Belarus: Bans cultivate opposition, says musician



“Bans cultivate opposition”, says musician 

In a three year period, musician Ljavon Volski and his rock band N.R.M. – The Independent Republic of Dream – were deprived of the possibility to give concerts and blacklisted in national radio and tv. In an interview he was asked if it is true that bans stimulate development of rock music.

“On the one hand, barriers release healthy adrenaline in musicians’ blood. As concerts in Belarus were often thwarted, we were invited to Europe more often. On the other hand, you get tired to fight for dozens of years for the same elementary thing. One simply wants to work in a civilized way,” Ljavon Volski told journalist of Trud-Belarus, Kastus Lashkevich.

Ljavon Volski is known as one of the most charismatic and significant personalities in Belarusian culture, according to Kastus Lashkevich who writes: “It is impossible to imagine the Belarusian rock and modern Belarusian music in general without band created by him, Mroya, N.R.M. and Krambambulya.”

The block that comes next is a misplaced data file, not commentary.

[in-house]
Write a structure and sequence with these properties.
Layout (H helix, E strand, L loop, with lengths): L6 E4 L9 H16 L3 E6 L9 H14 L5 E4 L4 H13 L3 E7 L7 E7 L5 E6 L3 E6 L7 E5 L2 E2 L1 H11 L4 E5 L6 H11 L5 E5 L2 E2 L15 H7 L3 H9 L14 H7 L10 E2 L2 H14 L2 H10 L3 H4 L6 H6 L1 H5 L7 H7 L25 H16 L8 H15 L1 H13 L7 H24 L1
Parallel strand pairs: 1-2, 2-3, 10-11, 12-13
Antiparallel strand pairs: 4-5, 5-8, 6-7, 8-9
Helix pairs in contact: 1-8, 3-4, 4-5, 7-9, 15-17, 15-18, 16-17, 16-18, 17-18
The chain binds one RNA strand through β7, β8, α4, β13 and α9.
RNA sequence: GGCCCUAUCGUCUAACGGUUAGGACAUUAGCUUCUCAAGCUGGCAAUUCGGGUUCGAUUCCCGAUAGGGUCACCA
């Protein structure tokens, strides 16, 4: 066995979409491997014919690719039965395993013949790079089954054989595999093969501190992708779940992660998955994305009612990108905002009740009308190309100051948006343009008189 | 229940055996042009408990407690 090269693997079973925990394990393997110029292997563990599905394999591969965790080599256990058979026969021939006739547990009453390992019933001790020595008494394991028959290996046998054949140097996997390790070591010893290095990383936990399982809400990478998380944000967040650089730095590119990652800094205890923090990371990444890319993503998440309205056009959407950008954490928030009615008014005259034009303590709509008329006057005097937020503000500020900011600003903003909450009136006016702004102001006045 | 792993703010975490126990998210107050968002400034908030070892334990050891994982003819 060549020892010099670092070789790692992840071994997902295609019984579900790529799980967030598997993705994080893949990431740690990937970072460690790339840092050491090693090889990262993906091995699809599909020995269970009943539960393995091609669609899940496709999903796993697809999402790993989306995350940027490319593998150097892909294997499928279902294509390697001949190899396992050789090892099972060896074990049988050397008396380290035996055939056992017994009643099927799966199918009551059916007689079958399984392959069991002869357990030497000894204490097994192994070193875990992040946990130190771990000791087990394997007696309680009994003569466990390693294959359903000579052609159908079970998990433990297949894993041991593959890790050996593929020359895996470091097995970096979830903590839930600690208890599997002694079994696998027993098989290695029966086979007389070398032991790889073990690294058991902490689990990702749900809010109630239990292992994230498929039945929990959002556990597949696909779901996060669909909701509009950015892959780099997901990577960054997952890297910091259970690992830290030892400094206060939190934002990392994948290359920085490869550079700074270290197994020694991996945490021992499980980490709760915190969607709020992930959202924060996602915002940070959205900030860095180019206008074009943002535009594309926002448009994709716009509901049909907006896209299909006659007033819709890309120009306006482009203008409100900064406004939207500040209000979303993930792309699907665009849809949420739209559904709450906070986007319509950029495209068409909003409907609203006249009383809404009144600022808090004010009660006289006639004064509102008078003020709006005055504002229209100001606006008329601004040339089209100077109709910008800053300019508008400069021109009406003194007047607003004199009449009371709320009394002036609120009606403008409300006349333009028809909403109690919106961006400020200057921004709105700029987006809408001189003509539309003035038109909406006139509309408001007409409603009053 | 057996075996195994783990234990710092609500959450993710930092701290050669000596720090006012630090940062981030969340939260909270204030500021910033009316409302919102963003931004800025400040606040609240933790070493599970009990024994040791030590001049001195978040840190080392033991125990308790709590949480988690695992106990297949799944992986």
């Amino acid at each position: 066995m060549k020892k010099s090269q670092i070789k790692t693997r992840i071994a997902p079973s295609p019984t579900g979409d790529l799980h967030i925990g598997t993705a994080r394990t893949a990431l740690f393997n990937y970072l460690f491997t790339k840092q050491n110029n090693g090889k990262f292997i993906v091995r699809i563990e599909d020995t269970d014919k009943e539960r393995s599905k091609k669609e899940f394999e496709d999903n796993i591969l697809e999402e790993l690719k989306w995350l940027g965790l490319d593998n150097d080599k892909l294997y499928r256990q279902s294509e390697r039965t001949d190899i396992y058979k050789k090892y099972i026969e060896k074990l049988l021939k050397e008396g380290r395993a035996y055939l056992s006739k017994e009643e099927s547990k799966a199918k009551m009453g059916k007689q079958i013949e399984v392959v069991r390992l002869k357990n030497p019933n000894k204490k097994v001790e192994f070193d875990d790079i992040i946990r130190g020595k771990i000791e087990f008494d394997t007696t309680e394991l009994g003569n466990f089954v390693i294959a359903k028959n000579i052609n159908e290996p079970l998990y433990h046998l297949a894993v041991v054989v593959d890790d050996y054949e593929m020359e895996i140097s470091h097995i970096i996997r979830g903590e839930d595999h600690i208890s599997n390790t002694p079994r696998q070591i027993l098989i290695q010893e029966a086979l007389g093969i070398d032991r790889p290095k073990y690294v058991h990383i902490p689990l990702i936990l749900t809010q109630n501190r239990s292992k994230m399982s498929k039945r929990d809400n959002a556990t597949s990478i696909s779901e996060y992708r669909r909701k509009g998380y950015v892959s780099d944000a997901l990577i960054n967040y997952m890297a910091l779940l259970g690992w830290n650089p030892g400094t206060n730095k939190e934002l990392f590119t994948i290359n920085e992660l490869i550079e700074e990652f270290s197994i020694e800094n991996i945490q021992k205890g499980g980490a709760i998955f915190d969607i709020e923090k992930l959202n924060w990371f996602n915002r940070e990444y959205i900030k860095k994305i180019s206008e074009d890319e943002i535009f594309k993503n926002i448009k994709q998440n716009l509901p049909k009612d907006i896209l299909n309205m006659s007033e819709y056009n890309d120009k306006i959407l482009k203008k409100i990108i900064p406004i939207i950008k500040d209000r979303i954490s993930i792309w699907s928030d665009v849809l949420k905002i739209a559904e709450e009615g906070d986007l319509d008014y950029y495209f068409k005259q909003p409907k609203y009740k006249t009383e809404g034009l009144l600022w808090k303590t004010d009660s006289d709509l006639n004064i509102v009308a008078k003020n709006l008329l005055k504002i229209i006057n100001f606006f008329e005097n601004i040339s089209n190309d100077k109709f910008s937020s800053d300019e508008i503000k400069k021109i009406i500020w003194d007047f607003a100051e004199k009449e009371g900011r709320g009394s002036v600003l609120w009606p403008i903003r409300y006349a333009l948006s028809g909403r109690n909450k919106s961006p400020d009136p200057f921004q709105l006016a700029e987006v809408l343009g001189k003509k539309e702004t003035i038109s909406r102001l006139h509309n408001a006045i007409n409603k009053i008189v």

Ljavon Volski explained:
“You know, I do not understand the logics of officials. There are many of inadequate, crusty persons among them. They took a tight grip on their armchairs; they want to play safe and try to ban every “suspicious” event. But they do not understand that by these stupid prohibitions they breed new opposition. I have asked in one of the offices why a concert of N.R.M. is anti-State? Is it because of white-red-white flags in the crowd and slogans “Long live Belarus?” And they answered: “It’s not serious at all”.”


Charter ’97 – 28 January 2008:
Lyavon Volski: ‘Bans cultivate opposition’

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